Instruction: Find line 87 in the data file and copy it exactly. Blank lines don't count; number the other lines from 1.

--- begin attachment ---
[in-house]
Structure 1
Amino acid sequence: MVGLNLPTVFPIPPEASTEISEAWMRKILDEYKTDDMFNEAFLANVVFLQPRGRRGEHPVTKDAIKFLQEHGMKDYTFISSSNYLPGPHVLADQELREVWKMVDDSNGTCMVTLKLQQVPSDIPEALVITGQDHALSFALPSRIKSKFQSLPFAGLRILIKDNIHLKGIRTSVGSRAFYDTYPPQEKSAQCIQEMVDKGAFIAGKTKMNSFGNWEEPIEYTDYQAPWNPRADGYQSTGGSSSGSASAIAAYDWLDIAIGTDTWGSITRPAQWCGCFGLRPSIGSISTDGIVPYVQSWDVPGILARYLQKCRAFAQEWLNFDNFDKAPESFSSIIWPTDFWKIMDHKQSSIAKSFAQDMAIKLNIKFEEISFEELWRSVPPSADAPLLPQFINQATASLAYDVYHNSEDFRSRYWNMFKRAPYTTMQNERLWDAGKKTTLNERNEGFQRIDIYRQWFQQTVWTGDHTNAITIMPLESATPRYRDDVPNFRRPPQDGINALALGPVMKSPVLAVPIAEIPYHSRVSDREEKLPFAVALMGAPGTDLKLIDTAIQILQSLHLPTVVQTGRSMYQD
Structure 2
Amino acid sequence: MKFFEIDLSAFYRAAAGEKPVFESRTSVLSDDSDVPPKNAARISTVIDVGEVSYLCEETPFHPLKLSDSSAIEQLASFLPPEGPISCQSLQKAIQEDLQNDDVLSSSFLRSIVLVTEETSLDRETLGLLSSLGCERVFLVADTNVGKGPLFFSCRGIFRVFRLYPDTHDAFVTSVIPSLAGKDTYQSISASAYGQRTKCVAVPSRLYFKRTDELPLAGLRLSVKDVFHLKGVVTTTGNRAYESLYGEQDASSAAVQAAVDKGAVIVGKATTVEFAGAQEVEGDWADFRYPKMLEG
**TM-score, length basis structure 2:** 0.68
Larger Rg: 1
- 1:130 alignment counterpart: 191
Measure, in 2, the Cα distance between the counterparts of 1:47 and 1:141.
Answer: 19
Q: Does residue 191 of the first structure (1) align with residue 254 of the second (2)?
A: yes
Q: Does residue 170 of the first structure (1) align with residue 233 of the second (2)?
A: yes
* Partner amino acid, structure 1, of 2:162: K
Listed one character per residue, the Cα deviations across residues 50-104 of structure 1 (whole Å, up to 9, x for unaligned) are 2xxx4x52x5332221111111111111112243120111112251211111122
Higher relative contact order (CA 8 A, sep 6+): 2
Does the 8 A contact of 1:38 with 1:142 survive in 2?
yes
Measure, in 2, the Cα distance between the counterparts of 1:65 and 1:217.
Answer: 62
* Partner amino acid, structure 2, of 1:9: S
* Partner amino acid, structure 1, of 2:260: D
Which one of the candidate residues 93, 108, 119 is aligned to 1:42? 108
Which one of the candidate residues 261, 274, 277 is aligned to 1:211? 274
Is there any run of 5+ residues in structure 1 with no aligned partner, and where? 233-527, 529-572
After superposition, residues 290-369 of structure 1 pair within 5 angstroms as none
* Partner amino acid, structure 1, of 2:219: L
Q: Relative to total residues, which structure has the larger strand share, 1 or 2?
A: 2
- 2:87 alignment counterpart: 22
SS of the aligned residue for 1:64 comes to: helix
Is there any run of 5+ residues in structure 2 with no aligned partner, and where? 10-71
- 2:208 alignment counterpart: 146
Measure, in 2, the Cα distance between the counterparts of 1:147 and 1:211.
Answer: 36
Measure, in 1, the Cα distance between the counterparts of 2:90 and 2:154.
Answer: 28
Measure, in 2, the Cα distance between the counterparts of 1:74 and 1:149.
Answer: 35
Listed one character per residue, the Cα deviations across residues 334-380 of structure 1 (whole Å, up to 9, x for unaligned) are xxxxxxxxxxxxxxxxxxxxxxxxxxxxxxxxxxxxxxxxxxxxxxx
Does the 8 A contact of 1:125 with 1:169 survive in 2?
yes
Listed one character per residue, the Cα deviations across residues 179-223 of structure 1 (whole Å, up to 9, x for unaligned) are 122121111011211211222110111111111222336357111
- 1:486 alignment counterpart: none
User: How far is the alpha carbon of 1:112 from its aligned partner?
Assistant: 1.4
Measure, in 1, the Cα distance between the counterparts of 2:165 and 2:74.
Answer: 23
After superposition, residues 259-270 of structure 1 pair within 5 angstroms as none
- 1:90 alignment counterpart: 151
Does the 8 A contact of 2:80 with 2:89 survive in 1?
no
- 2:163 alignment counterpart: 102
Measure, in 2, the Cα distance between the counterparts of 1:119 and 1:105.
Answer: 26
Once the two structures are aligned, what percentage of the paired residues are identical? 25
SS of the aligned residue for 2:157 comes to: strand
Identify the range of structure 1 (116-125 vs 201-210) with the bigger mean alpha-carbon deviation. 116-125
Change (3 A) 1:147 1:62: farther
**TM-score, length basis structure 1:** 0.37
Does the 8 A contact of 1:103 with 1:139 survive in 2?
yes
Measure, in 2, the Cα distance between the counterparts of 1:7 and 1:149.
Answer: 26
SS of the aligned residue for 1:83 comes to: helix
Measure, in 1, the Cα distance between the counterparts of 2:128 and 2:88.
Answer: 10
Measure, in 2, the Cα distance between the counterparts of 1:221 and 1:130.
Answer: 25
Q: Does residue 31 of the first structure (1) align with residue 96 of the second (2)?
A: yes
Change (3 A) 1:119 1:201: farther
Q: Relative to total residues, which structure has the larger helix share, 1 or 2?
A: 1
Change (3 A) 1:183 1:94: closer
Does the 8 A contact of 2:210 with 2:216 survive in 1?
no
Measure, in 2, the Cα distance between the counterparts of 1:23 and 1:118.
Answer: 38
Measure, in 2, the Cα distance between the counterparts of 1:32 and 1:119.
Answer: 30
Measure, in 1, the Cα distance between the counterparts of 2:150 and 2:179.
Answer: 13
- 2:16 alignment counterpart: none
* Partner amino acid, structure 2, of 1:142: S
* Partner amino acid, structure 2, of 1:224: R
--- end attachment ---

* Partner amino acid, structure 2, of 1:224: R